November 13, 2017 / 9:06 PM / a year ago

Jurors in U.S. Senator's bribery trial told to keep talking

NEW YORK (Reuters) - The judge in the bribery trial of Democratic U.S. Senator Bob Menendez of New Jersey told a jury on Monday to continue deliberating after the panel said it was unable to reach a unanimous verdict, according to defendant’s spokesman.

FILE PHOTO: U.S. Senator Bob Menendez (D-NJ) speaks at Seton Hall University in South Orange, New Jersey August 18, 2015. REUTERS/Brendan McDermid/File Photo

U.S. District Judge William Walls sent the jurors home for the day and told them to resume their deliberations on Tuesday, Steven Sandberg, a representative for Menendez, said in an email.

A representative for the court clerk’s office and the U.S. Department of Justice did not immediately respond to a request for comment.

Menendez is on trial on charges that he accepted private flights, campaign contributions and other bribes from a wealthy patron, Florida ophthalmologist Salomon Melgen, in exchange for official favors between 2006 and 2013.

Lawyers for Menendez and Melgen have told the jury in Newark, New Jersey, that they did nothing wrong and that their actions stemmed from a close, brother-like relationship.

If Menendez is convicted, Republicans will be presented with a chance to gain a seat in the closely divided U.S. Senate, as his replacement would be named by Republican Governor Chris Christie. Christie will remain in office until Jan. 16, when Democratic governor-elect Phil Murphy will take his place.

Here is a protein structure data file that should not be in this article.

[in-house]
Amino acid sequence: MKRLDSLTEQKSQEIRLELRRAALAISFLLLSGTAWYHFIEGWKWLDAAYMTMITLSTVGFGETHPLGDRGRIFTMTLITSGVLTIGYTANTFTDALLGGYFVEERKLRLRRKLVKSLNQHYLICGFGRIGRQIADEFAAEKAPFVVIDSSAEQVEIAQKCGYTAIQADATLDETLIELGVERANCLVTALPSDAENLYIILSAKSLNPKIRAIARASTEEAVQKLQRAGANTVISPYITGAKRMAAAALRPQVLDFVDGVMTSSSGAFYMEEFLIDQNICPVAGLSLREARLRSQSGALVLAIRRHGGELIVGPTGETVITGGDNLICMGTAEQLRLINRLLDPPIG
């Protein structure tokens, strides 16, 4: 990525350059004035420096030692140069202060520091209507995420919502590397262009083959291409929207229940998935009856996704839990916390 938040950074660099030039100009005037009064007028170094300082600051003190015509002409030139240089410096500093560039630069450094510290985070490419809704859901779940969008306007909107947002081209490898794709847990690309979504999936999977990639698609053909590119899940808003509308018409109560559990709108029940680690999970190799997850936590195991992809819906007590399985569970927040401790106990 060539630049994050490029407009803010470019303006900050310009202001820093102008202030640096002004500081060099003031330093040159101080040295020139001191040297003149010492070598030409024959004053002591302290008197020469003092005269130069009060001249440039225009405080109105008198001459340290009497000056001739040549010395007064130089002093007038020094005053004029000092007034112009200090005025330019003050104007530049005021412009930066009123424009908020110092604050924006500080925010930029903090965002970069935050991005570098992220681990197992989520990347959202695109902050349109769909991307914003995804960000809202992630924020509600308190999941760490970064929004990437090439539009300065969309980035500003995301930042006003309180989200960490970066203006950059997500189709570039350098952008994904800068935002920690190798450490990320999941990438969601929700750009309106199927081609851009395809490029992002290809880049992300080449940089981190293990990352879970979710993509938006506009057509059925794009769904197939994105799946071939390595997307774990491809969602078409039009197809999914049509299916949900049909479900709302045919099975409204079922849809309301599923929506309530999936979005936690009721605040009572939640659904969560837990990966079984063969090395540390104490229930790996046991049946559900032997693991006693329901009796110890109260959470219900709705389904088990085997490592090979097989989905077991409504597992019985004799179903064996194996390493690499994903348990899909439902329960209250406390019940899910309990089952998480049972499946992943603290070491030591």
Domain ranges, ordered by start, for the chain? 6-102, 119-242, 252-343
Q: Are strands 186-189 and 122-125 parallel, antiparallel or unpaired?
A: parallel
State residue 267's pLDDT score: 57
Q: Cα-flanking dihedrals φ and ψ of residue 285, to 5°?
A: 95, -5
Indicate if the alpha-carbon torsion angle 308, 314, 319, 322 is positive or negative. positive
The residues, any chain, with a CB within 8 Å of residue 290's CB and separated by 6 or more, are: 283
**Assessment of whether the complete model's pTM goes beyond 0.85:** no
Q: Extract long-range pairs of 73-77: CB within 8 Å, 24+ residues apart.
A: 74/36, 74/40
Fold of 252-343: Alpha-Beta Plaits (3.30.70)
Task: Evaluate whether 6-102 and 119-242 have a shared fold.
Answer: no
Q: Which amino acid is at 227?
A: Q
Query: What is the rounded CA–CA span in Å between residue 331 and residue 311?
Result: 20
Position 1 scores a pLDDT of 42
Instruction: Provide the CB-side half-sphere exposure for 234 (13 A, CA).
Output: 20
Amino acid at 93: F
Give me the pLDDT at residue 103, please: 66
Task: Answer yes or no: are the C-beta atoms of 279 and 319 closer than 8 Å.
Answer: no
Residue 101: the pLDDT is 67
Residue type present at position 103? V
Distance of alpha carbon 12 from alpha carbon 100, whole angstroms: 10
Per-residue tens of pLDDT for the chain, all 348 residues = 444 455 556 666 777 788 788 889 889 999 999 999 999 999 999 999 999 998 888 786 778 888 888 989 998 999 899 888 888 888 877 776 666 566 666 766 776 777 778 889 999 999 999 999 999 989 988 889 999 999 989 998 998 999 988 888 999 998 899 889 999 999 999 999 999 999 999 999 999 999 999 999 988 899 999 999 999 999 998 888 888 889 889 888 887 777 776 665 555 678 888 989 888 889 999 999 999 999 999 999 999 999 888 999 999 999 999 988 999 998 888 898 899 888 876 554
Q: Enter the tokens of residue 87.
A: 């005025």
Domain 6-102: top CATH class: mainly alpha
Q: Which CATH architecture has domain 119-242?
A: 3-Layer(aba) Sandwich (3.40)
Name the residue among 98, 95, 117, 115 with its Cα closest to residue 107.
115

The jury, beginning its first day of deliberations with a new member after another panelist was allowed to leave for a previously scheduled vacation, sent the judge a note on Monday afternoon saying they were deadlocked and could not reach a verdict on any of the counts, the Newark Star-Ledger newspaper reported.

“Is there any additional guidance and what do we do now?” the jury asked the judge in their note, according to the newspaper.

The judge then heard from attorneys from both the prosecution, who argued that the jury had only begun their deliberations again three hours earlier that day, and Menendez’s attorney, who argued for the judge to declare a mistrial, the Star-Ledger said.

Walls concluded that it would be appropriate for the jury to continue their deliberations.

If found guilty of all charges, Menendez could face a sentence of up to 20 years in prison.

Reporting by Gina Cherelus in New York; Editing by Frances Kerry

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